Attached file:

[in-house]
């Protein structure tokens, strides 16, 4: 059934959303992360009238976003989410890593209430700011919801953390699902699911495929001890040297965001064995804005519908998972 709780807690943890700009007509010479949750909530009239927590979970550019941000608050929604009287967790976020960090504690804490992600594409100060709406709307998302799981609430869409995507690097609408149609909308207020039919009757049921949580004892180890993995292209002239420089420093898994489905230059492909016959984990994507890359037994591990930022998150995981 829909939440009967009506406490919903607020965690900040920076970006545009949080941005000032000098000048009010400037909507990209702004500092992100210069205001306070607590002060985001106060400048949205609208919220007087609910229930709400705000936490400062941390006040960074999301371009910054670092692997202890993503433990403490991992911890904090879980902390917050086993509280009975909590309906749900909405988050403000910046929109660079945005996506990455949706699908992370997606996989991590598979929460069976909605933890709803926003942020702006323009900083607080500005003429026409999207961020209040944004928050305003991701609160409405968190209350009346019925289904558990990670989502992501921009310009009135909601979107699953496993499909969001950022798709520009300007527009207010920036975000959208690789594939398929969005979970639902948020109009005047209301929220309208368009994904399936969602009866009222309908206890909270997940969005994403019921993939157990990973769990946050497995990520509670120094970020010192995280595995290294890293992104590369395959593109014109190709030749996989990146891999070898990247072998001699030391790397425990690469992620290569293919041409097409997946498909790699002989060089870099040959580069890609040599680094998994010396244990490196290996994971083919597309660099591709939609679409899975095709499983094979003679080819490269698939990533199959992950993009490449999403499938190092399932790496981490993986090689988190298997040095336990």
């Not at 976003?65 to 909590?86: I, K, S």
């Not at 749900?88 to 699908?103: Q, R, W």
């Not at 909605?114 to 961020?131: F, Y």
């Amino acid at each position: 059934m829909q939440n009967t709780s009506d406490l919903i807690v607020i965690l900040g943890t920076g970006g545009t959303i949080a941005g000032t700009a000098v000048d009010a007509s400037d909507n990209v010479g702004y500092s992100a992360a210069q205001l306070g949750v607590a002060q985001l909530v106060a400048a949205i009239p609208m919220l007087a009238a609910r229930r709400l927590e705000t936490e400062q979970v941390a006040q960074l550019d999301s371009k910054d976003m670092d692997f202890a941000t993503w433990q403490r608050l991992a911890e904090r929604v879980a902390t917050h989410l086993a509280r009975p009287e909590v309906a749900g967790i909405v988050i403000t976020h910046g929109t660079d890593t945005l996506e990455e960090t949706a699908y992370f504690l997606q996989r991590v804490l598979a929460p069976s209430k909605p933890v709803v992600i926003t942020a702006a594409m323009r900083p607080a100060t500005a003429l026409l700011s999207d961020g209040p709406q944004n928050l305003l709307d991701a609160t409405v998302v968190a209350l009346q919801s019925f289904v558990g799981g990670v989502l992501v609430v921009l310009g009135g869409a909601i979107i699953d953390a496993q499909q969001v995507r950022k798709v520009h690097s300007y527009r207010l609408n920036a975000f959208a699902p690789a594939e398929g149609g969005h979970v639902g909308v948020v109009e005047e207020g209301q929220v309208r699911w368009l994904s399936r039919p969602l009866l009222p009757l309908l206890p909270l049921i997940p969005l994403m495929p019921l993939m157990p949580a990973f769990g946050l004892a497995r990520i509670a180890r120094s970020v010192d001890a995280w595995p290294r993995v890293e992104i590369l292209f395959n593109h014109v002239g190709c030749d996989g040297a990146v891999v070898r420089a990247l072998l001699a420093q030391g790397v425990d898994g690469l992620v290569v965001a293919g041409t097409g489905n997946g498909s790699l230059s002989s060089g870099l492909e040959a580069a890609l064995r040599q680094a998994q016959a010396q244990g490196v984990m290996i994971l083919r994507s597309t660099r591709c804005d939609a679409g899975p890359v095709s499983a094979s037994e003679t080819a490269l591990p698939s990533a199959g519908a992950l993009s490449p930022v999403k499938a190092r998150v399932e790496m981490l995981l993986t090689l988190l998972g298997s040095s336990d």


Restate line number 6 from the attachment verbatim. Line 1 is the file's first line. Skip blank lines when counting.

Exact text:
């Amino acid at each position: 059934m829909q939440n009967t709780s009506d406490l919903i807690v607020i965690l900040g943890t920076g970006g545009t959303i949080a941005g000032t700009a000098v000048d009010a007509s400037d909507n990209v010479g702004y500092s992100a992360a210069q205001l306070g949750v607590a002060q985001l909530v106060a400048a949205i009239p609208m919220l007087a009238a609910r229930r709400l927590e705000t936490e400062q979970v941390a006040q960074l550019d999301s371009k910054d976003m670092d692997f202890a941000t993503w433990q403490r608050l991992a911890e904090r929604v879980a902390t917050h989410l086993a509280r009975p009287e909590v309906a749900g967790i909405v988050i403000t976020h910046g929109t660079d890593t945005l996506e990455e960090t949706a699908y992370f504690l997606q996989r991590v804490l598979a929460p069976s209430k909605p933890v709803v992600i926003t942020a702006a594409m323009r900083p607080a100060t500005a003429l026409l700011s999207d961020g209040p709406q944004n928050l305003l709307d991701a609160t409405v998302v968190a209350l009346q919801s019925f289904v558990g799981g990670v989502l992501v609430v921009l310009g009135g869409a909601i979107i699953d953390a496993q499909q969001v995507r950022k798709v520009h690097s300007y527009r207010l609408n920036a975000f959208a699902p690789a594939e398929g149609g969005h979970v639902g909308v948020v109009e005047e207020g209301q929220v309208r699911w368009l994904s399936r039919p969602l009866l009222p009757l309908l206890p909270l049921i997940p969005l994403m495929p019921l993939m157990p949580a990973f769990g946050l004892a497995r990520i509670a180890r120094s970020v010192d001890a995280w595995p290294r993995v890293e992104i590369l292209f395959n593109h014109v002239g190709c030749d996989g040297a990146v891999v070898r420089a990247l072998l001699a420093q030391g790397v425990d898994g690469l992620v290569v965001a293919g041409t097409g489905n997946g498909s790699l230059s002989s060089g870099l492909e040959a580069a890609l064995r040599q680094a998994q016959a010396q244990g490196v984990m290996i994971l083919r994507s597309t660099r591709c804005d939609a679409g899975p890359v095709s499983a094979s037994e003679t080819a490269l591990p698939s990533a199959g519908a992950l993009s490449p930022v999403k499938a190092r998150v399932e790496m981490l995981l993986t090689l988190l998972g298997s040095s336990d």